Hun Sen admires Duterte, says PH envoy
PHNOM PENH—Cambodia’s authoritarian leader, Prime Minister Hun Sen, admires President Duterte and considers him an ally in standing up to Western countries that meddle in Asian countries’ internal affairs, according to Philippine Ambassador to Cambodia Christopher Montero.
Cambodia has elevated Mr. Duterte’s two-day trip to Phnom Penh—made on the invitation of King Norodom Sihamoni—to a state visit from the usual official visit when new leaders come to see their neighbors in Southeast Asia.
Mr. Duterte’s trip, which starts on Tuesday, is the first stand-alone, bilateral visit of a Philippine leader to Cambodia in 20 years, Montero said.
Former Presidents Gloria Macapagal-Arroyo and Benigno Aquino III visited Cambodia only for meetings of the Association of Southeast Asian Nations (Asean), he said. Former President Fidel Ramos had an official meeting here during his term, he added.
“I must tell you that Prime Minister Hun Sen has deep admiration for President Duterte. He has expressed it publicly in the past. He sees in him an ally in terms of standing up against Western countries in so far as noninterference in internal affairs of the state is concerned,” Montero told reporters here.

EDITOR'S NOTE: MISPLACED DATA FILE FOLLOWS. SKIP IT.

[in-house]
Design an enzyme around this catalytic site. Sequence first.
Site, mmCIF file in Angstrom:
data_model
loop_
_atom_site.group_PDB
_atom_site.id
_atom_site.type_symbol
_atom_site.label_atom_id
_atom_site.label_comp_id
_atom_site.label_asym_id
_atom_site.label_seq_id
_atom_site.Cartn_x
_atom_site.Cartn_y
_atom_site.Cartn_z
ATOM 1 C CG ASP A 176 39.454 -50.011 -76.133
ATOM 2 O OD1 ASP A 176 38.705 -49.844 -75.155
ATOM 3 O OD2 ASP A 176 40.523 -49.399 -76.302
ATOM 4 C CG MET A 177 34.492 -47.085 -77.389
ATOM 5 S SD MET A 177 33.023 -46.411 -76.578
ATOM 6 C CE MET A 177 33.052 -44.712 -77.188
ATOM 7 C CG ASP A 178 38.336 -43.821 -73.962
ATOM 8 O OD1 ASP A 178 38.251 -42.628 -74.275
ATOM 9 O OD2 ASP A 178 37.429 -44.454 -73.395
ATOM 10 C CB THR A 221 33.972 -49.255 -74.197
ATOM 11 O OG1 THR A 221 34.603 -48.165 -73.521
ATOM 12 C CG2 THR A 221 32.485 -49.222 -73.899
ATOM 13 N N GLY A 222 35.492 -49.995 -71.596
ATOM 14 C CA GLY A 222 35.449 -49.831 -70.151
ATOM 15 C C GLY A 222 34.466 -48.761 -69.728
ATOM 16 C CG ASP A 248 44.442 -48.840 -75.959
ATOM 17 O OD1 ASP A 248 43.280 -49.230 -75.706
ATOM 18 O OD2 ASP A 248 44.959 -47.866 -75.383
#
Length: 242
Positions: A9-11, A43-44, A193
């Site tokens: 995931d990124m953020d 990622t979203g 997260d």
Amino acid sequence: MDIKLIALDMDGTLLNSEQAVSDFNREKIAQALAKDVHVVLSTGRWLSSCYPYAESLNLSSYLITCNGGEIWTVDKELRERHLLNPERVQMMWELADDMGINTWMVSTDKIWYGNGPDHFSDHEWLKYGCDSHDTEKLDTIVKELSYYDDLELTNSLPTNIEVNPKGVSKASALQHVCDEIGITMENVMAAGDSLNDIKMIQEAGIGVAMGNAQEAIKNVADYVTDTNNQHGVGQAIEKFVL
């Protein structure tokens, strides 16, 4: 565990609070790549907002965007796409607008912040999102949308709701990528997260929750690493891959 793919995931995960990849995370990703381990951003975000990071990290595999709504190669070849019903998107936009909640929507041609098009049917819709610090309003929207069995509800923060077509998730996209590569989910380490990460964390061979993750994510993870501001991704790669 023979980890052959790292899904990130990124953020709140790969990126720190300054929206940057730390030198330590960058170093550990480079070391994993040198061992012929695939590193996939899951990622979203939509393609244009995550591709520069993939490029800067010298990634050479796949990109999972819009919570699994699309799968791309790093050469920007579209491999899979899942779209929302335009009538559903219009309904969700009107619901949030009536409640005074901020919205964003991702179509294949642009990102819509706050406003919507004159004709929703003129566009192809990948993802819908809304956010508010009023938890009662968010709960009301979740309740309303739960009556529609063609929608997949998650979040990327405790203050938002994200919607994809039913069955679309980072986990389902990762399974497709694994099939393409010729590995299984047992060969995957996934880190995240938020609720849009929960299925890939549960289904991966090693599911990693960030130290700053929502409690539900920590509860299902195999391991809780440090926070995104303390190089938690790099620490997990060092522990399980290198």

Mr. Duterte has cursed and lashed out at the United States, United Nations and European Union for expressing concern about the rising number of extrajudicial killings in his war on drugs. He accused them of hypocrisy and threatened to cut diplomatic ties with them.
Hun Sen, a former Khmer Rouge commander who has been in power for three decades, has also drawn criticism for his authoritarian rule.
The UN human rights body recently expressed concern about “the escalating atmosphere of intimidation” of members of the opposition in Cambodia.
The country also faces threats of withdrawal of development aid from the European Union over its detention of activists.
But the Cambodian strongman’s government has brushed the threats off.
South China Sea dispute
Montero said Cambodia’s decision to elevate Mr. Duterte’s trip to a state visit showed that Phnom Penh places great value on its relationship with Manila despite differing stands on the South China Sea dispute.
Cambodia, a staunch China ally, has blocked efforts to mention in Asean statements the Philippines’ arbitral court victory that invalidated Beijing’s claim to nearly all of the South China Sea.
“The South China Sea issue is not the defining issue as far as our bilateral relations are concerned,” Montero said.
The arbitration case was filed during the Aquino administration after China seized Panatag (Scarborough) Shoal, a traditional fishing ground for Filipinos off the coast of Zambales province, in 2012.
Instead of using the arbitral court’s decision to the Philippines’ advantage, Mr. Duterte has sought to mend fences and establish warmer ties with Beijing.
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